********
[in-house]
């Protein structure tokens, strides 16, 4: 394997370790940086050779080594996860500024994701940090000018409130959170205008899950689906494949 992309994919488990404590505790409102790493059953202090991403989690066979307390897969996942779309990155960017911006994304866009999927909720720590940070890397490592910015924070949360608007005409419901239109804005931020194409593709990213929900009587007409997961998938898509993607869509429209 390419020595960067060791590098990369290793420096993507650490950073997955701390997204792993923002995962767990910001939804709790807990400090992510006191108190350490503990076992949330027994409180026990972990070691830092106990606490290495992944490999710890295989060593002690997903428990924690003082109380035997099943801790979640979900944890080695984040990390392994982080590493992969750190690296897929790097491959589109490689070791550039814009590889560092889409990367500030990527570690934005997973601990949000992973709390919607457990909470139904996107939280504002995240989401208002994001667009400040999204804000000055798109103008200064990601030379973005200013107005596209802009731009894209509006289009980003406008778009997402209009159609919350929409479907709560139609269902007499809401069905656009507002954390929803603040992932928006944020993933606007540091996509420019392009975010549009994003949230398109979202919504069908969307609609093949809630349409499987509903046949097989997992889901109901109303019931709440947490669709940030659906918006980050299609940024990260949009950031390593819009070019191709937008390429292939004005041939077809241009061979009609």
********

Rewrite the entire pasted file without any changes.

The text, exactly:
[in-house]
């Protein structure tokens, strides 16, 4: 394997370790940086050779080594996860500024994701940090000018409130959170205008899950689906494949 992309994919488990404590505790409102790493059953202090991403989690066979307390897969996942779309990155960017911006994304866009999927909720720590940070890397490592910015924070949360608007005409419901239109804005931020194409593709990213929900009587007409997961998938898509993607869509429209 390419020595960067060791590098990369290793420096993507650490950073997955701390997204792993923002995962767990910001939804709790807990400090992510006191108190350490503990076992949330027994409180026990972990070691830092106990606490290495992944490999710890295989060593002690997903428990924690003082109380035997099943801790979640979900944890080695984040990390392994982080590493992969750190690296897929790097491959589109490689070791550039814009590889560092889409990367500030990527570690934005997973601990949000992973709390919607457990909470139904996107939280504002995240989401208002994001667009400040999204804000000055798109103008200064990601030379973005200013107005596209802009731009894209509006289009980003406008778009997402209009159609919350929409479907709560139609269902007499809401069905656009507002954390929803603040992932928006944020993933606007540091996509420019392009975010549009994003949230398109979202919504069908969307609609093949809630349409499987509903046949097989997992889901109901109303019931709440947490669709940030659906918006980050299609940024990260949009950031390593819009070019191709937008390429292939004005041939077809241009061979009609």